The opposite endpoint of a splitter to the chosen triangle vertex lies at the point on the triangle's side where one of the excircles of the triangle is tangent to that side. This point is also called a splitting point of the triangle. It is additionally a vertex of the extouch triangle and one of the points where the Mandart inellipse is tangent to the triangle side.
Some authors have used the term "splitter" in a more general sense, for any line segment that bisects the perimeter of the triangle. Other line segments of this type include the cleavers, which are perimeter-bisecting segments that pass through the midpoint of a triangle side, and the equalizers, segments that bisect both the area and perimeter of a triangle.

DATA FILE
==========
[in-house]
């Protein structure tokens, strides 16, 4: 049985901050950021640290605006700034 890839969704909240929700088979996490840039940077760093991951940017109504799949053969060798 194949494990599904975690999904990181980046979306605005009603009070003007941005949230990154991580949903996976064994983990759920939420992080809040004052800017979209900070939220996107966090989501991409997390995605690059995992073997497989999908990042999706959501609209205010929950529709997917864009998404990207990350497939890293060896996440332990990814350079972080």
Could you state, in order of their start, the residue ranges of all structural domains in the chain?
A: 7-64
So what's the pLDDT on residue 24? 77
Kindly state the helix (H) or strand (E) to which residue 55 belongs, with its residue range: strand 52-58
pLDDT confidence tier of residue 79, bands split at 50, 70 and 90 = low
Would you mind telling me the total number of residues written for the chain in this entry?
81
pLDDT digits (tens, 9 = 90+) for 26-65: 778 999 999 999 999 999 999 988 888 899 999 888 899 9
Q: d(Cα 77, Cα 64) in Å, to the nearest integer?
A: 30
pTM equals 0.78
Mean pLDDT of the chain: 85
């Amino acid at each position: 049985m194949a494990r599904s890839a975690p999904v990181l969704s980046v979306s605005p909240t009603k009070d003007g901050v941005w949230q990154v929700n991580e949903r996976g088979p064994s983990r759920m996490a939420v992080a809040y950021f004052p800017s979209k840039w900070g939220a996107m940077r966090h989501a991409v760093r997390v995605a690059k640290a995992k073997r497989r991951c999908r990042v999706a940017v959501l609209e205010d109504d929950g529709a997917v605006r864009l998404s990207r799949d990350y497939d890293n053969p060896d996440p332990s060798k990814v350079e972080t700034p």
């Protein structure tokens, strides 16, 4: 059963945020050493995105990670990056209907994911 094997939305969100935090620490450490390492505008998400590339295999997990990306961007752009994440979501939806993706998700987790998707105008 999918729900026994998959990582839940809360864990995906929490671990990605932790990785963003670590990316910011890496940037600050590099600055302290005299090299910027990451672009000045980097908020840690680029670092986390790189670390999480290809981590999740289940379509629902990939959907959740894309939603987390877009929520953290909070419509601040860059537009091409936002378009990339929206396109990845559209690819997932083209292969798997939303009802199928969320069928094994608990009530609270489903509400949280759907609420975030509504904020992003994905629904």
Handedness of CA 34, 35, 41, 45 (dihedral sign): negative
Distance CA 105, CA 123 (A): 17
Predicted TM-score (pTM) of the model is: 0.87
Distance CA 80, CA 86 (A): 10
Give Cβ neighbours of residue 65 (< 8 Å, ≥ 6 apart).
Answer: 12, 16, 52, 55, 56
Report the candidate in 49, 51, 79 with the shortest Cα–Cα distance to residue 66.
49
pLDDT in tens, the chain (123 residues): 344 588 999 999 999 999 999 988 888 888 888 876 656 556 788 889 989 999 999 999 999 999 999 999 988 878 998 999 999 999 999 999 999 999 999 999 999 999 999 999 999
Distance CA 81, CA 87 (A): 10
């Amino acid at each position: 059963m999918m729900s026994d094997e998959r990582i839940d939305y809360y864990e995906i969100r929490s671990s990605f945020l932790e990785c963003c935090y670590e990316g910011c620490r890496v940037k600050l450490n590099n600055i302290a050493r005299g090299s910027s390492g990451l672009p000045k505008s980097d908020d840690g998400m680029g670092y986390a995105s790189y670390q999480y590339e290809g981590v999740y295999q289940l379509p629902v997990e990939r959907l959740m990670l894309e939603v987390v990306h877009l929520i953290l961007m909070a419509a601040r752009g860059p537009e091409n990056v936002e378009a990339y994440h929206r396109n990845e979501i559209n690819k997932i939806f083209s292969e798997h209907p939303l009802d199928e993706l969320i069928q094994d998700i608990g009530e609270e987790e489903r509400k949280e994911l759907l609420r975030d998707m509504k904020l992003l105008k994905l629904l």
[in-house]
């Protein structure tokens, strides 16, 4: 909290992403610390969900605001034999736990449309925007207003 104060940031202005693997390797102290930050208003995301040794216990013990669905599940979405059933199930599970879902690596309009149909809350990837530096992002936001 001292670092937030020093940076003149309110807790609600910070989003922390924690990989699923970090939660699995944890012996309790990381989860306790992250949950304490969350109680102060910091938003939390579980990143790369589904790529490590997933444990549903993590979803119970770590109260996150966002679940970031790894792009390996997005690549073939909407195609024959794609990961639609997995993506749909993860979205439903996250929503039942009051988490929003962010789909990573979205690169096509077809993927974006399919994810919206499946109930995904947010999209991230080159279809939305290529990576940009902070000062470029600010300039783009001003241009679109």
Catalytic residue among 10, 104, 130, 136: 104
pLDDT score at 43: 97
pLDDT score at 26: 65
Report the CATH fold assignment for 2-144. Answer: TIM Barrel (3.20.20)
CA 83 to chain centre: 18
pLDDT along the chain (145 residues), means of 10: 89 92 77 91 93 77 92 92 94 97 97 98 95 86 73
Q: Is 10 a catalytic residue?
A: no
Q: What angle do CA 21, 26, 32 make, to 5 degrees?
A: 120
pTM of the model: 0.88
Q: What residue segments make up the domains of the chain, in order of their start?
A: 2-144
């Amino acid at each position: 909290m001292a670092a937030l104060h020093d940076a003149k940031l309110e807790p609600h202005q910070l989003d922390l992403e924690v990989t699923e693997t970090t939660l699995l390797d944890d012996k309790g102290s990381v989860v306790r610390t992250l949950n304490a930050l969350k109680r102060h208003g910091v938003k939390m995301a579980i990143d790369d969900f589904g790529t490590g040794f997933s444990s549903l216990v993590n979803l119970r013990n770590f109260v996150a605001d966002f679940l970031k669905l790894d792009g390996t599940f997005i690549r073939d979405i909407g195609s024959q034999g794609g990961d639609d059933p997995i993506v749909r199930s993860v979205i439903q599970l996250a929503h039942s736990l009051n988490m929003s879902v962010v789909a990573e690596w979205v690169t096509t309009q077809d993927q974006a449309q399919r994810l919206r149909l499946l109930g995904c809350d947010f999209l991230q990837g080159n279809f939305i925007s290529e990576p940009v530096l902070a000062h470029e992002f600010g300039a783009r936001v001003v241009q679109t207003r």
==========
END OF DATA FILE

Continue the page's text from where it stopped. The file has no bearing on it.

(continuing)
- Honsberger, Ross (1995), "Chapter 1: Cleavers and Splitters", Episodes in Nineteenth and Twentieth Century Euclidean Geometry, New Mathematical Library, 37, Washington, DC: Mathematical Association of America, pp. 1–14, ISBN 0-88385-639-5, MR 1316889
- Avishalom, Dov (1963), "The perimetric bisection of triangles", Mathematics Magazine, 36 (1): 60–62, JSTOR 2688140, MR 1571272
- Juhász, Imre (2012), "Control point based representation of inellipses of triangles" (PDF), Annales Mathematicae et Informaticae, 40: 37–46, MR 3005114
- Kodokostas, Dimitrios (2010), "Triangle equalizers", Mathematics Magazine, 83 (2): 141–146, doi:10.4169/002557010X482916